Short story writer and poet Stuart Dybek, author, most recently, of the novel-in-stories I Sailed with Magellan, has had a really big week. First he found out that he’d won a $500,000 MacArthur “Genius” grant. Then, days later, he learned he was this year’s recipient of the $30,000 Rae Award for the Short Story. Amidst congratulatory phone calls from far-flung friends and emails from newly interested foreign publishers, Dybek stopped to talk with PW about his sudden windfall.
What a week— Were you surprised? How are you feeling?
It’s been a big surprising week. The pace is so hectic that I haven’t really digested the surprise of it all yet. I was totally surprised. And that a day or two the MacArthur should be followed by an announcement of the Rae Award for the Short Story, an award that I judged many years ago with Jack Miles and Deborah Eisenberg, was even more surprising. We had settled on Grace Paley, and Grace just died this year, which made it even a little more emotional than it would have normally been.
In a book culture that focuses so much on novels and nonfiction, is it especially gratifying to be recognized for a commitment to short stories, which are marginalized by publishers?
If one wants to come to it from the angle that it emphasizes that short stories still have a place in the literary culture, that’s great. It’s a genre that I love. Though, I never felt particularly wedded to it—I’ve always worked in other genres. In fact, I’m working on a childhood memoir, which I hope is as much about humor and comedy as it is about childhood. So I don’t have some deep personal investment in genre, and in fact have always been al little bit leery about it because I’ve so often seen it so often treated as a kind of a religion, with people creating these kinds of totem poles, so that somehow poetry is better than prose and novels are better than stories. To me it’s all a kind of continuum. One hopefully has the freedom to locate themselves along that at different places at different times.
So do you feel like these awards advocate for the short story in a way?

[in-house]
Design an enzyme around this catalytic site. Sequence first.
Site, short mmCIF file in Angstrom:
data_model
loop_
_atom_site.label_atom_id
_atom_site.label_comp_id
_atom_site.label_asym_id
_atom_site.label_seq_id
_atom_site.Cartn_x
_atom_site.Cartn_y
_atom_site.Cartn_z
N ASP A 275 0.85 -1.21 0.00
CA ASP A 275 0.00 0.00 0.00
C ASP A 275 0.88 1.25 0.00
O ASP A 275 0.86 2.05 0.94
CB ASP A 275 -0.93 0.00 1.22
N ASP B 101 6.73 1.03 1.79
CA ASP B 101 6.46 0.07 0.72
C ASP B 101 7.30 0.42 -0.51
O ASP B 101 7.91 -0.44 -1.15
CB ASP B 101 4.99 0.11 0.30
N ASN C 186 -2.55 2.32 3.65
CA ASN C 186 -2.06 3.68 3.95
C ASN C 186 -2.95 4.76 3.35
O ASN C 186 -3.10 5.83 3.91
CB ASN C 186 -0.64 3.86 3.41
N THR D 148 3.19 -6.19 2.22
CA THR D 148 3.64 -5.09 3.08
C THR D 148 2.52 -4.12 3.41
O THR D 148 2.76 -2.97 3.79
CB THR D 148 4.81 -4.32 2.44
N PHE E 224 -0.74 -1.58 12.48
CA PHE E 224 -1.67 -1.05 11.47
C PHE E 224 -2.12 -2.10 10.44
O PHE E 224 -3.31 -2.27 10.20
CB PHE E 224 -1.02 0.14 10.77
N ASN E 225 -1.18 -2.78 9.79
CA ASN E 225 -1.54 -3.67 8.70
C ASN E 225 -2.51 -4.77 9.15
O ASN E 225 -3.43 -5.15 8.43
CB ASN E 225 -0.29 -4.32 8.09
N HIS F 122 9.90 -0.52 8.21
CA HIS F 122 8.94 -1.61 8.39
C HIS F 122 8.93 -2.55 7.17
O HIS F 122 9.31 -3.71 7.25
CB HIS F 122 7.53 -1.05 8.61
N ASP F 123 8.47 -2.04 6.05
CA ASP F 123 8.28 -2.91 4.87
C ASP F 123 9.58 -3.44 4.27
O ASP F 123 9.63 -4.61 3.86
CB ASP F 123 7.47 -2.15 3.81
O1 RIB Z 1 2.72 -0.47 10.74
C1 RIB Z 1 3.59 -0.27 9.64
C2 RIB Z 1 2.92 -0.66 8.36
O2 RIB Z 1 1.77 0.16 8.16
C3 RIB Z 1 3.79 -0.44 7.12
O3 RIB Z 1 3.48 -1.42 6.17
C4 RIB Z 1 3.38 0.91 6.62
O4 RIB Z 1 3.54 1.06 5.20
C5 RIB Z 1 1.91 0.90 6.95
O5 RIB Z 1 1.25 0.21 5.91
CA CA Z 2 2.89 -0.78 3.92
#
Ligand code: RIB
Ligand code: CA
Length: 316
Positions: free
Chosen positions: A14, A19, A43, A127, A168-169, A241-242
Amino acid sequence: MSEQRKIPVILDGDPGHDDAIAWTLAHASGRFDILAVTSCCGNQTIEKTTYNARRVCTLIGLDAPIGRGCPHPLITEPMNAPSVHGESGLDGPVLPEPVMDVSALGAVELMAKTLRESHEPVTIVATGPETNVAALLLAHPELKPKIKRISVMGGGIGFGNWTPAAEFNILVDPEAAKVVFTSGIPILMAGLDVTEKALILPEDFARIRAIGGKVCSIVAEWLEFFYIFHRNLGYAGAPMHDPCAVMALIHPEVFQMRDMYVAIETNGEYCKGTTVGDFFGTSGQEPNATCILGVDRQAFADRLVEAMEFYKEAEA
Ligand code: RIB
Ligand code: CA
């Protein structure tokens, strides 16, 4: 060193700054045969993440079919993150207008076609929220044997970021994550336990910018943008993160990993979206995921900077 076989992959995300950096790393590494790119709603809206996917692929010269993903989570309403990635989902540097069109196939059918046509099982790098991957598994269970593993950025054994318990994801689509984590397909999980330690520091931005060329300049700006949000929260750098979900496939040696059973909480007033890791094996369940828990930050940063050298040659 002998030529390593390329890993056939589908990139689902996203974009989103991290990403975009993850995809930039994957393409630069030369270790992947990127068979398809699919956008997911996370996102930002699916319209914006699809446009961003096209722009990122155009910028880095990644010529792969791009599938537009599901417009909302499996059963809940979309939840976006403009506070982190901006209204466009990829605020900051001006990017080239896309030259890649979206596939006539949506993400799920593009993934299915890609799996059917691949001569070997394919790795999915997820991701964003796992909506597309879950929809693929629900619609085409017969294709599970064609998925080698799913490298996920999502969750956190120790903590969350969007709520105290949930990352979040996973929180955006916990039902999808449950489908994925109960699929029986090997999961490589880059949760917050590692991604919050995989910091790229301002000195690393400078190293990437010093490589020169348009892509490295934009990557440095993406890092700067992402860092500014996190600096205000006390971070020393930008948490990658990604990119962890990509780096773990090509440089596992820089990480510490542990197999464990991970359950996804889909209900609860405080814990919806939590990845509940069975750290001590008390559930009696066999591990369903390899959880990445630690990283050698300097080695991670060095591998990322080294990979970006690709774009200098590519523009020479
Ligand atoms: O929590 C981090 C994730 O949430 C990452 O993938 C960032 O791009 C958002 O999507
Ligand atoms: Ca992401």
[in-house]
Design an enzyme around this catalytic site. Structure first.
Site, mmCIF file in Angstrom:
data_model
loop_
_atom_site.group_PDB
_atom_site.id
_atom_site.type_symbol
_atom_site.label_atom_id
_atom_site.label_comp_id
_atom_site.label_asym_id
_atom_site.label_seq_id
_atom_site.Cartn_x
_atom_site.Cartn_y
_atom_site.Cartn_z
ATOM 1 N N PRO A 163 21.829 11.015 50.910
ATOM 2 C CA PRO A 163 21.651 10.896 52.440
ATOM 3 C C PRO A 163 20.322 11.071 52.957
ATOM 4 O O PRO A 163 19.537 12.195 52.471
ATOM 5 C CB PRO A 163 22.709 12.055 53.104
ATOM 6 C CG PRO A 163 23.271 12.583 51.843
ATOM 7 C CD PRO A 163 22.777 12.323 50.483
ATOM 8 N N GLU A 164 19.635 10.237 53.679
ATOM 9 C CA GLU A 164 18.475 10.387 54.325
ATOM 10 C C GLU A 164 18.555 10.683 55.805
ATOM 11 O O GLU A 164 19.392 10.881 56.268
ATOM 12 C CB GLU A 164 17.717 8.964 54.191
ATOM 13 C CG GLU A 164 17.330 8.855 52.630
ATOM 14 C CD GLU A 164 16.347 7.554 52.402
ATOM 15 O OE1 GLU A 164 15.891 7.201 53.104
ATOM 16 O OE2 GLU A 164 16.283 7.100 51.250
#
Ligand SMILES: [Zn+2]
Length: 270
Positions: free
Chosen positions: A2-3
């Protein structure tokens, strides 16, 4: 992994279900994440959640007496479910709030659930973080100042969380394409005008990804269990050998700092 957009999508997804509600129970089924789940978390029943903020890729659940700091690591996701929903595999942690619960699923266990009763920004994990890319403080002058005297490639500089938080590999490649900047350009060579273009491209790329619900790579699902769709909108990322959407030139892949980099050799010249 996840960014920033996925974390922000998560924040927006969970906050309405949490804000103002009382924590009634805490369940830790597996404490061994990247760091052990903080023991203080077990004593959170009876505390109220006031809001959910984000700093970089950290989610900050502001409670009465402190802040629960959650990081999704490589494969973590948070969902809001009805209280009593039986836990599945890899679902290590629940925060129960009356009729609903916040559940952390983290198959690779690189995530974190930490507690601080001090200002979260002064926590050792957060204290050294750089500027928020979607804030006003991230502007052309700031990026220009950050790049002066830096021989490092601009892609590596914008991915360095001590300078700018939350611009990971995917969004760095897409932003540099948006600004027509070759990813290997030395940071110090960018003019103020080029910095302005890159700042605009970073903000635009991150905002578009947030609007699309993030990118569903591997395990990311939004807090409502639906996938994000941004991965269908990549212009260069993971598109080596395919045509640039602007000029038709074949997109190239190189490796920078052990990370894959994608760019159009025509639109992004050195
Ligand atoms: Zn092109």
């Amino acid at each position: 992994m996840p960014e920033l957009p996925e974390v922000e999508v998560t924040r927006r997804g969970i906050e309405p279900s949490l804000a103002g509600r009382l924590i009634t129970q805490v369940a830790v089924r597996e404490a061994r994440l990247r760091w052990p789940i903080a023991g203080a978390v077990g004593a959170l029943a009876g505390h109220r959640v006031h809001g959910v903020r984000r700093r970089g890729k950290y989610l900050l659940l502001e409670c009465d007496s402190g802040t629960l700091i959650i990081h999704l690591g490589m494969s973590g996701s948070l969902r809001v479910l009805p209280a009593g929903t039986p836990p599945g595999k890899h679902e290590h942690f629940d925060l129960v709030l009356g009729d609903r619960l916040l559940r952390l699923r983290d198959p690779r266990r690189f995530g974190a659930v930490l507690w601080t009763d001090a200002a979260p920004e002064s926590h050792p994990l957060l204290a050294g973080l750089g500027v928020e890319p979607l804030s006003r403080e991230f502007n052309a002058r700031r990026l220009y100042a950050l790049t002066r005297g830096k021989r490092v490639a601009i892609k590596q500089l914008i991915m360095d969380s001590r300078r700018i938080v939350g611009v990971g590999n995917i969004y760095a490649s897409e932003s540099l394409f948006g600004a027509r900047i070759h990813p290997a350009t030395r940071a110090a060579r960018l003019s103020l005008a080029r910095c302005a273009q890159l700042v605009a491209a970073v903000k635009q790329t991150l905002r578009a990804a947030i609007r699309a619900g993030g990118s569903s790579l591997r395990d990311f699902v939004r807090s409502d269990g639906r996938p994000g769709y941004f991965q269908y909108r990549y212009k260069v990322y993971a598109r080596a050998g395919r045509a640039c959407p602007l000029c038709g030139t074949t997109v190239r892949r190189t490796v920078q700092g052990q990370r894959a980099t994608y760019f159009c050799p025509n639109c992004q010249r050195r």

One of the things the MacArthur tries to do is not necessarily pick out marginalized writers—that would certainly be the wrong word—but they do use the award to call attention to art forms and artists that might not be getting the kind of recognition that say somebody who has a big blockbuster novel is going to have. In some sense, that might actually be working in the case of somebody like myself or George Saunders, who have been working in the short story form.
So what do you think you’ll do with the money?
One of the things it enables you to do is say no, that is you just tell yourself, “you have no reason to do this guest lectureship, you have no reason to do all these readings. You’ve got this opportunity and don’t blow it.” I was considering a couple of guest offers that I had—attractive offers—I’ve already called up and said. I just won’t be doing anything like that.
Was your publisher excited?
They were. What the MacArthur award wants to do is attract attention. One of the things that has really surprised me is that it has this kind of international cache. Friends of mine who dropped out and have been living in Bangkok and different places and have been emailing me. I’ve been getting inquiries from foreign publishing presses, from places where my work has not been translated. It’s all the award that’s done that.
This began happening this week?
Yes, just this week. I want to rush to add that no deal has been signed, but there have been several emails from different houses in different countries where my work hasn’t been translated, saying “we’ve been looking at his work, is it available?” In each case they’ve said, “this is a writer we didn’t know, but we saw he won a MacArthur and we started reading him.”
Having won the two awards in one week, is it difficult to take it all in?
It’s just the opposite. One would be an idiot to think that luck didn’t play an enormous part in this, that is that there are so many worthy writers and that you just happened to hit the right panel at the right time. I’ve sat on these panels, I know how it works. The fact that both of them would come back to back like that—it’s humbling, because I know that luck has played a part.